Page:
They found it Saturday night at the Merrell Center as the Wildcats beat New Orleans, 77-60, to win the Southland Conference men’s basketball championship and advance to the NCAA Tournament. ACU will find out Sunday afternoon its seed, opponent and region, but what became crystal clear Saturday night was this: head coach Joe Golding and his staff and players have written one of the great stories that thrive in March Madness.
Just six years ago, the Wildcats — without a history of sustained success in men’s basketball over the previous 30 years — began the transition from NCAA Division II membership to NCAA Division I affiliation. The first season included blowout losses at Duquesne, Maryland and Iowa and the losses mounted over the next two seasons as ACU learned the hard lessons of life at the Division I level.
But Golding was given time to build a program and recruit the kind of players he knew would win at ACU: tough, selfless kids who would buy into the school, the coaches and the program he was trying to put together. It all started coming together four years ago when a quartet of freshmen — Jaylen Franklin, Jaren Lewis, Hayden Farquhar and Hayden Howell— arrived on campus and began to turn the program’s fortunes, along with established foundation players like Parker Wentz, Austin Cooke, Duran Porter, Isaiah Tripp, Drake Green and Alexander Milosavljevic. They later added players like Jalen Little and Tevin Foster to the mix to help the transition.
ACU missed out on the conference tournament last year after a late-season slump, but still registered the program’s first winning regular season (16-15) since 2007-08. The Wildcats also qualified for a postseason berth as they played — and lost in overtime — at Drake in the first round of the collegeinsider.com (CIT) Tournament.
That made the goal for 2018-19 simple: put the lessons of the past to use and set about the business of winning games, getting to the conference tournament and playing for a championship. ACU started the season 7-0 and never looked back, running out to an 11-2 non-conference record that led to a 14-4 conference record and runner-up finish. The Wildcats set a program record for wins in the regular season (15) and wins in a conference season, and the 27-6 record heading into the tournament is tied for the most wins in a season in program history.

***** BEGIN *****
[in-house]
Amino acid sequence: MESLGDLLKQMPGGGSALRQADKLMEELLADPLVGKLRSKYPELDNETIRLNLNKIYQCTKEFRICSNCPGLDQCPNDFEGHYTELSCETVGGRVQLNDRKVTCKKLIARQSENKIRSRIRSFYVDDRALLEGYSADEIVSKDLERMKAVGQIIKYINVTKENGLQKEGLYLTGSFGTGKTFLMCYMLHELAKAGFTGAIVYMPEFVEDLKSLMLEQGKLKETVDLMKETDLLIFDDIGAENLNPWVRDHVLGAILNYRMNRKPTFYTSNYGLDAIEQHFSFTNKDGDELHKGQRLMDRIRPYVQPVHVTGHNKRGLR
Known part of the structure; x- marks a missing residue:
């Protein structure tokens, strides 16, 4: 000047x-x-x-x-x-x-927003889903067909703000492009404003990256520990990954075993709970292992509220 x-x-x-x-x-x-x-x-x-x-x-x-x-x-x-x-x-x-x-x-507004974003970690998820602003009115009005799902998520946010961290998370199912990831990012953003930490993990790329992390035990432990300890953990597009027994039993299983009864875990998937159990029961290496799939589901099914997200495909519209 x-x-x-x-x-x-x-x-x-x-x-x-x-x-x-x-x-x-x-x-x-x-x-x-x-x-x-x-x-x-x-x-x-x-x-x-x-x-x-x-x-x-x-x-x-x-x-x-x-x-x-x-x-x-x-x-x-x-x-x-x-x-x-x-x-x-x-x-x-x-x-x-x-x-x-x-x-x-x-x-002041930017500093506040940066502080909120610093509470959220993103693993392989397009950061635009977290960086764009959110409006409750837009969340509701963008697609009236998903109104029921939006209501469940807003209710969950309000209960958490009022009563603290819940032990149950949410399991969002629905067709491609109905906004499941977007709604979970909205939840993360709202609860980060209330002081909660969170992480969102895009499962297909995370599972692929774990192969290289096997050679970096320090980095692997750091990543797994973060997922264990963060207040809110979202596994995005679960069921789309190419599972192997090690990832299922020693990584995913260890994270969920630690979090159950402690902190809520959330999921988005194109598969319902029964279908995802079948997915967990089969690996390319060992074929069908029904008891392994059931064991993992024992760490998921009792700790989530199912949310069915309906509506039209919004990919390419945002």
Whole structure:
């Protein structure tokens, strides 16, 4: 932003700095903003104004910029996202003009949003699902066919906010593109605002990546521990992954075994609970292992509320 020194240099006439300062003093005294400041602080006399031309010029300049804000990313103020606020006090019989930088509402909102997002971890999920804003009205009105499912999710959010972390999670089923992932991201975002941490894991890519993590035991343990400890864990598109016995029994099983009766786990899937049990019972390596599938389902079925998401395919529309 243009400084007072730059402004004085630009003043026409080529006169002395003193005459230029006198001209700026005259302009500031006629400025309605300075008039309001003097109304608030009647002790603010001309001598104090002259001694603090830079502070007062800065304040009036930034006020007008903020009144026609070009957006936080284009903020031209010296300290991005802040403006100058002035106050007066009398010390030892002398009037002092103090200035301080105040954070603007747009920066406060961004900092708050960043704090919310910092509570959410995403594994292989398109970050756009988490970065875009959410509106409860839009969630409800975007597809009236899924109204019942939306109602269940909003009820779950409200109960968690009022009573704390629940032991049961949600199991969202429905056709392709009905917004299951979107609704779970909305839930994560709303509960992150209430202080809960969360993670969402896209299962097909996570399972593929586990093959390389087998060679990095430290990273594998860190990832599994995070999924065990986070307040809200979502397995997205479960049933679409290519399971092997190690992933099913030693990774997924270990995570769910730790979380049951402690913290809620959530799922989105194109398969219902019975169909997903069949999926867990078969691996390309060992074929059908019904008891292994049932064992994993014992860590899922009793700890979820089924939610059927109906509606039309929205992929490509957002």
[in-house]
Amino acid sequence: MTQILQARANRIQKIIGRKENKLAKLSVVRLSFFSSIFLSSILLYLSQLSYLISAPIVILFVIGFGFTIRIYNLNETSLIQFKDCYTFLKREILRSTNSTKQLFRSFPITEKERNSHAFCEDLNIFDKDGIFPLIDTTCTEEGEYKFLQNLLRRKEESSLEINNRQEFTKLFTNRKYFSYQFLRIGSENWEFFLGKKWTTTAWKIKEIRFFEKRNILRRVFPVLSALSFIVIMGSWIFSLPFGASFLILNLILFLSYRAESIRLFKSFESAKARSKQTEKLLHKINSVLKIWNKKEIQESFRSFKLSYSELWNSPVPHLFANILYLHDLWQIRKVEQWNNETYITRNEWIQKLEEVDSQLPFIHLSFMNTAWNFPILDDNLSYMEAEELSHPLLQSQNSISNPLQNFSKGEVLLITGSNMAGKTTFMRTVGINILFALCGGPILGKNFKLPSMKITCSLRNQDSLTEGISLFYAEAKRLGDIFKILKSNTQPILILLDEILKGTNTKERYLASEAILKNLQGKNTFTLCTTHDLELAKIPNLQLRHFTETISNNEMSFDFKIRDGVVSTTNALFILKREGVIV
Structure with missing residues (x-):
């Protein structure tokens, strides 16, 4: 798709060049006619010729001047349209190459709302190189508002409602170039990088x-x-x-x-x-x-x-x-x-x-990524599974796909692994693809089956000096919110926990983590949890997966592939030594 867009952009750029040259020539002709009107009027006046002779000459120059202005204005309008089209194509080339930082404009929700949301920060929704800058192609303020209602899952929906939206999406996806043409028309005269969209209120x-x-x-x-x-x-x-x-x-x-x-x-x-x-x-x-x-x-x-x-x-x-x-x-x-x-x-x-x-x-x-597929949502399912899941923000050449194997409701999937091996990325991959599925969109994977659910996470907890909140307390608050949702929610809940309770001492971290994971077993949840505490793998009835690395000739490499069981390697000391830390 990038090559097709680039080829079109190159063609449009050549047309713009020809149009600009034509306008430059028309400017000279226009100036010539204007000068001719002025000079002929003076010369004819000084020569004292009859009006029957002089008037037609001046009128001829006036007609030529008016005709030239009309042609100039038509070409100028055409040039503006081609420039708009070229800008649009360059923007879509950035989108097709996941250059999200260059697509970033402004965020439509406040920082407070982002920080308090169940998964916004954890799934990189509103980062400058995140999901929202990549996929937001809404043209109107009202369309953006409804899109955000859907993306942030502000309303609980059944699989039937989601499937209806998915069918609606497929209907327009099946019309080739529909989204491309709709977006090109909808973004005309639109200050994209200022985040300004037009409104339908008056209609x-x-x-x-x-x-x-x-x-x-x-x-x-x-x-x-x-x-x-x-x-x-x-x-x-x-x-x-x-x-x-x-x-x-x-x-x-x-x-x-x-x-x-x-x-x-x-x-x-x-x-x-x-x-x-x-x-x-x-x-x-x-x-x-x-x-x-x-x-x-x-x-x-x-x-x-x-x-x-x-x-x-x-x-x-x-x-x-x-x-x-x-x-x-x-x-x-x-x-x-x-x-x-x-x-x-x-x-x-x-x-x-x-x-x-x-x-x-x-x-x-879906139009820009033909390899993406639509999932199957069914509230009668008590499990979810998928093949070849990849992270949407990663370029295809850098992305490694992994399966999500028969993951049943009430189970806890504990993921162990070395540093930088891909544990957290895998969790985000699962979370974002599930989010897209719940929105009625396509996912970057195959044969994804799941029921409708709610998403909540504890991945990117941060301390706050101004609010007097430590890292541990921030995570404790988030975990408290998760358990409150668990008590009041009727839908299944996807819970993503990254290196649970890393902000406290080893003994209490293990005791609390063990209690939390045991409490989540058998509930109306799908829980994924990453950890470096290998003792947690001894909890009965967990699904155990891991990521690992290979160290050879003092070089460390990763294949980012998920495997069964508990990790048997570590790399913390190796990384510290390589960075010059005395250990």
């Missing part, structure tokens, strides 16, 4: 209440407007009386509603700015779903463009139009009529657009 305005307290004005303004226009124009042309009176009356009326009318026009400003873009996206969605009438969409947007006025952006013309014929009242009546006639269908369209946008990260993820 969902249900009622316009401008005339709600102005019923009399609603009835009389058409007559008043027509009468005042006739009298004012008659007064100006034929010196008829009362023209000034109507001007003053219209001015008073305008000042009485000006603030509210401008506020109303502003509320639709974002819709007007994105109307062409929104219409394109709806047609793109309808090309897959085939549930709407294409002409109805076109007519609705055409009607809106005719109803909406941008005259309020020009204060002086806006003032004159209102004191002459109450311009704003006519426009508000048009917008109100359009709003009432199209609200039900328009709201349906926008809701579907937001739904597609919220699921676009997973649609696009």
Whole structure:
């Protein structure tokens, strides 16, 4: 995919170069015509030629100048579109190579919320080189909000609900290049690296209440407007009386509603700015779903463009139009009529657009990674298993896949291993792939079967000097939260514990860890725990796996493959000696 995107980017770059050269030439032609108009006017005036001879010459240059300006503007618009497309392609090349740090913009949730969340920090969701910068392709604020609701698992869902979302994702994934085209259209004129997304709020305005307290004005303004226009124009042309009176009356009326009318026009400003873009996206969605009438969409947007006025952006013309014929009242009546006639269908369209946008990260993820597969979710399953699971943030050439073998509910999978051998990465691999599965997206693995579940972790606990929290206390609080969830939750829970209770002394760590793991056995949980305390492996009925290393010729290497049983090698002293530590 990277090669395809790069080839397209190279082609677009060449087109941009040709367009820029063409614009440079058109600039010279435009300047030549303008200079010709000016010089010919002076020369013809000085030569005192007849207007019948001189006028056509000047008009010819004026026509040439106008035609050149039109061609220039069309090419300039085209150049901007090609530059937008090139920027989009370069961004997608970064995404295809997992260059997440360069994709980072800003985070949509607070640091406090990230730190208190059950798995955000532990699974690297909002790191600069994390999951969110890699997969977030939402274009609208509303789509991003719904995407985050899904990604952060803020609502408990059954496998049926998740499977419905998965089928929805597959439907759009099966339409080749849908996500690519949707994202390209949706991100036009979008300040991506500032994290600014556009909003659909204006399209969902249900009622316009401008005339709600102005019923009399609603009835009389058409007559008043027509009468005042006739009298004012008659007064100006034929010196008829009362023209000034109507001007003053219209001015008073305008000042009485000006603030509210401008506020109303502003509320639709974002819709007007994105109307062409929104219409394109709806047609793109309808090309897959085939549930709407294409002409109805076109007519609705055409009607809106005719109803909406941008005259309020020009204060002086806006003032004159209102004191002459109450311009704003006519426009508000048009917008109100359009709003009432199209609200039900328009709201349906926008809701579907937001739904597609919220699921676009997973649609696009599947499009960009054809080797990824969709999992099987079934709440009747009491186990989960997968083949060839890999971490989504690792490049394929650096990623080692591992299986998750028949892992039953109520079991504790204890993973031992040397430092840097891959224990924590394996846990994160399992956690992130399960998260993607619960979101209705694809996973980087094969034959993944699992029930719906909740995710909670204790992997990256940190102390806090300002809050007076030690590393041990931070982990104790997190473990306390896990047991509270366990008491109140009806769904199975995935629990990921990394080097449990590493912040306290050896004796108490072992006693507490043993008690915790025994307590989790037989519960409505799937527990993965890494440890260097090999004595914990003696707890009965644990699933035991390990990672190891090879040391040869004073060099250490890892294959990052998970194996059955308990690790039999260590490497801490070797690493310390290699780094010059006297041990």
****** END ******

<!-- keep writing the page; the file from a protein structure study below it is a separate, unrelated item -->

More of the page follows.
Not even the loss of starters Jalone Friday and B.J. Maxwell to dismissal from the team in late February could slow the train. ACU responded to their departure by winning four of their last five regular-season games to clinch the double-bye in the tournament. Then came Friday night’s 69-66 semifinal victory over a Southeastern Louisiana team that had punked the Wildcats at Moody on Feb. 23, 48 hours after the two starters were dismissed from the team.
All of that led to Saturday night, arguably the greatest team moment in the near-100 years of ACU Athletics.
I was asked earlier Saturday afternoon by Lowell Galindo — the play-by-play voice for the game on ESPN2 — to tell him about this team, and I told him it wasn’t about this year, but that it was about the last six years.
Joe likes to use the phrase “Trust the Process.” In fact, those of us who are around this team on a daily basis should have T-shirts made with the phrase emblazoned across the front. But there are two words in that phrase that have been crucial to building this program: Trust and Process.
The first person Golding had to make believe that ACU could eventually do what they did Saturday night was associate head coach Brette Tanner, who was an assistant coach at Southland Conference lynchpin, Stephen F. Austin. He had done all of the things Golding and ACU were only dreaming of at that point. When he finally convinced his longtime friend to trust him and join him at ACU before the 2013-14 season, Golding called Tanner his “biggest recruit.”